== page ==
Brent oil prices will tumble $31 per barrel by the end of the first quarter as global petroleum inventories continue to build, Bank of America Merrill Lynch analysts forecast on Thursday.
Analysts around the world are slashing forecasts for Brent and WTI crude in the wake of a slide of more than 50 per cent since last June which has taken prices to near-six-year lows.
A fall to $31 per barrel would see Brent hit levels not seen since April 2004.
“First and foremost, the contango in the Brent market is reaching epic levels last seen in 2009. This means stocks all over the world are building at a very fast rate,” the bank said in a research note.
Contango is a market structure in which prompt prices are below longer-dated contracts.
In the short run WTI crude might trade above Brent to push barrels into Cushing, Oklahoma, the delivery point for the US futures contract, said the bank, which sees WTI at $32 per barrel at at the end of the first quarter.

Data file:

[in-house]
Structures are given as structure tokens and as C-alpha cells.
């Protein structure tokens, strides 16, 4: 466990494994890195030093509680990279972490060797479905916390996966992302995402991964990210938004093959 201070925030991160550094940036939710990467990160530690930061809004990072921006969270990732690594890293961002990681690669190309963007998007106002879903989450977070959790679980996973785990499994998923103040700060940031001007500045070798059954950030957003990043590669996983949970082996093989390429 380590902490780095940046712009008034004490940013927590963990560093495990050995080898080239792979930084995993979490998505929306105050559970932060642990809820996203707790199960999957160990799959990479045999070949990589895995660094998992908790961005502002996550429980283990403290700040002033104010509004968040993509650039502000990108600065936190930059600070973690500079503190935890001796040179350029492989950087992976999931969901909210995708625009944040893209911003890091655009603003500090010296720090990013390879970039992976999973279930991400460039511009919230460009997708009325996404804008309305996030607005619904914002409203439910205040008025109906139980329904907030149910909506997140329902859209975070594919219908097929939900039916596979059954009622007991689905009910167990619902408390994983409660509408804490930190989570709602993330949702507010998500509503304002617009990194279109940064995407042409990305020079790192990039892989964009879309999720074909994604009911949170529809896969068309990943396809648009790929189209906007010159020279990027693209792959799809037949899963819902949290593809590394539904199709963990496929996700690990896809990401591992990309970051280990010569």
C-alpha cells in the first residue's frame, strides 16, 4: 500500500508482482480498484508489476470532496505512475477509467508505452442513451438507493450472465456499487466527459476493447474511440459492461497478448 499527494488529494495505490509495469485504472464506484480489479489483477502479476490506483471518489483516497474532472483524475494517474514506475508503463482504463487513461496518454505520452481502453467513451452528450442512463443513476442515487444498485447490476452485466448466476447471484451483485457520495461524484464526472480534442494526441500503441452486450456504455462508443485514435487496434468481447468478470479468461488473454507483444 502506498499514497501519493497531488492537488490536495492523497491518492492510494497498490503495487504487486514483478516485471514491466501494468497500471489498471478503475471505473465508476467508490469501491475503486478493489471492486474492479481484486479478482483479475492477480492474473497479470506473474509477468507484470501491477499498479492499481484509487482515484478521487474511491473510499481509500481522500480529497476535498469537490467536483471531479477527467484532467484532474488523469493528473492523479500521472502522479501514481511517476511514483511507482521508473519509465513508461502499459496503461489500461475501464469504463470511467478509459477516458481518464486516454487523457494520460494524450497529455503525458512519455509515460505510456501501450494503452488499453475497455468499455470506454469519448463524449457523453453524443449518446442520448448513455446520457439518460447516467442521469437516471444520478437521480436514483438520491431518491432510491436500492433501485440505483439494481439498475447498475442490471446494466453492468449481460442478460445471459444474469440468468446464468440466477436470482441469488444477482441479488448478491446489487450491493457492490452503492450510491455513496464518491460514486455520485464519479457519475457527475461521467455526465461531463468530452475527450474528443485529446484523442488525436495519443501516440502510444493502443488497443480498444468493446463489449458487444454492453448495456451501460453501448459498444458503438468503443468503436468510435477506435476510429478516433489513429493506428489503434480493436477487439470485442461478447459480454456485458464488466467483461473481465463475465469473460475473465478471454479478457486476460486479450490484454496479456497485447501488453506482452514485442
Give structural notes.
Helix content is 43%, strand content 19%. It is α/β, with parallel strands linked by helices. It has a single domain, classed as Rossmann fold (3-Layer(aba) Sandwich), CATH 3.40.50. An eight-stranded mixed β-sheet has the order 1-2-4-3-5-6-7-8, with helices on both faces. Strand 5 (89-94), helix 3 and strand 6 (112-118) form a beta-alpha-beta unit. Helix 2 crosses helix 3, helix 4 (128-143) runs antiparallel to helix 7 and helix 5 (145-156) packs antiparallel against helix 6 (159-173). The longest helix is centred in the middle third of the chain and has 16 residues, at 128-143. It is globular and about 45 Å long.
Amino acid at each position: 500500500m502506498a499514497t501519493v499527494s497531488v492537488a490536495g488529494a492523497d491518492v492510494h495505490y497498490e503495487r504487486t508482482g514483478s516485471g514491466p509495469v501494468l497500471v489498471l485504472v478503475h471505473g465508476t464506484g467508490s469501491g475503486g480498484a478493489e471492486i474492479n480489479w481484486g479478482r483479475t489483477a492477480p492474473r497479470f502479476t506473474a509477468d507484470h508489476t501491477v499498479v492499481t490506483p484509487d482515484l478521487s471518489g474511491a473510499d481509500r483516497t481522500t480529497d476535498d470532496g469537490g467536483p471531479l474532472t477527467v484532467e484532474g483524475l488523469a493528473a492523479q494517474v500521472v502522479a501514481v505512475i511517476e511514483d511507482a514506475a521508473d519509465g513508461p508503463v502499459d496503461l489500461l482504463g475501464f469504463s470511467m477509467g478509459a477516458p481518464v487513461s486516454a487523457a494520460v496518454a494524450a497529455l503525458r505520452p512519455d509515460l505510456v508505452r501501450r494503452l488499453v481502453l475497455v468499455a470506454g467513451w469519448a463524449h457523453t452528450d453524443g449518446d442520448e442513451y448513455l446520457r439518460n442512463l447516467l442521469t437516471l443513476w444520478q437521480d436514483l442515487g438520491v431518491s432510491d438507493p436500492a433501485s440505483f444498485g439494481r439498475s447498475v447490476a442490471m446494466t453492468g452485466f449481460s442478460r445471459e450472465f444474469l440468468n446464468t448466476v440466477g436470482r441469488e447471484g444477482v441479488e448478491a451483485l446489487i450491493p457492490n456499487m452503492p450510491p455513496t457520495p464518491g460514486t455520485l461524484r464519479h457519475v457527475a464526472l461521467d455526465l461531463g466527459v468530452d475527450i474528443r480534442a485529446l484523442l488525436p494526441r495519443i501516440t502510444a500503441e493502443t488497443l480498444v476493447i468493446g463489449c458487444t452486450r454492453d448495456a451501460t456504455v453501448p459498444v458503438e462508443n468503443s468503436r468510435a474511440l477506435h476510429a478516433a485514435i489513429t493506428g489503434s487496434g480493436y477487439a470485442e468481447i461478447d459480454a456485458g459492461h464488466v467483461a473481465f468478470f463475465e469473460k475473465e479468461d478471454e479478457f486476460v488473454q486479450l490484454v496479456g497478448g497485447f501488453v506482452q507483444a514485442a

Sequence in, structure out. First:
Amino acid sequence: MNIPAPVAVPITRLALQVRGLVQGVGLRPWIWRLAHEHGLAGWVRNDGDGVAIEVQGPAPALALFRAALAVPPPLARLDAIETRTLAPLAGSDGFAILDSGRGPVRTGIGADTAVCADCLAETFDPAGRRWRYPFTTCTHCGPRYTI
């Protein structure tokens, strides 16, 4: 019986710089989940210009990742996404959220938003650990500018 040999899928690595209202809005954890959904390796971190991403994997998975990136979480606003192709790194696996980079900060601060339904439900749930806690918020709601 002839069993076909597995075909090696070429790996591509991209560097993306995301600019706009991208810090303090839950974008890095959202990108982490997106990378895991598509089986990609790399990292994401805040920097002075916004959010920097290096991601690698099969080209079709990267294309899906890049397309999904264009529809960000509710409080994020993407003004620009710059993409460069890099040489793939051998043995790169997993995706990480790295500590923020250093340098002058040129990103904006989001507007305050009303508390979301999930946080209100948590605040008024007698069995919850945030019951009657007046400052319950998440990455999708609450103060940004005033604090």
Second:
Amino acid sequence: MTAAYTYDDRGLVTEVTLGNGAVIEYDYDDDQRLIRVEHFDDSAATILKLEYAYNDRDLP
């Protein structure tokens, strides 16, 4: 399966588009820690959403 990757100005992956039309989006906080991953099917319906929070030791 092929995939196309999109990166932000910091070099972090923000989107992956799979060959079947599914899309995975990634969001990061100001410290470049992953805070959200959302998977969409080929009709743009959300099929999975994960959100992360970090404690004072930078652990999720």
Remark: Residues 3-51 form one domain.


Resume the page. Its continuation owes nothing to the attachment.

BofA lowered its average 2015 Brent price forecast to $52 per barrel from $77 and its WTI price outlook to $50 from $72. It sees 2016 average prices at $58 for Brent and WTI at $57 per barrel.
The bank said it had raised its storage numbers and expects OECD inventory levels to reach 2.83 billion barrels in the second quarter.
“Naturally, as storage capacity fills up in any inventory-constrained commodity, prices have to work a lot harder to create a short-run supply or demand response,” the bank said.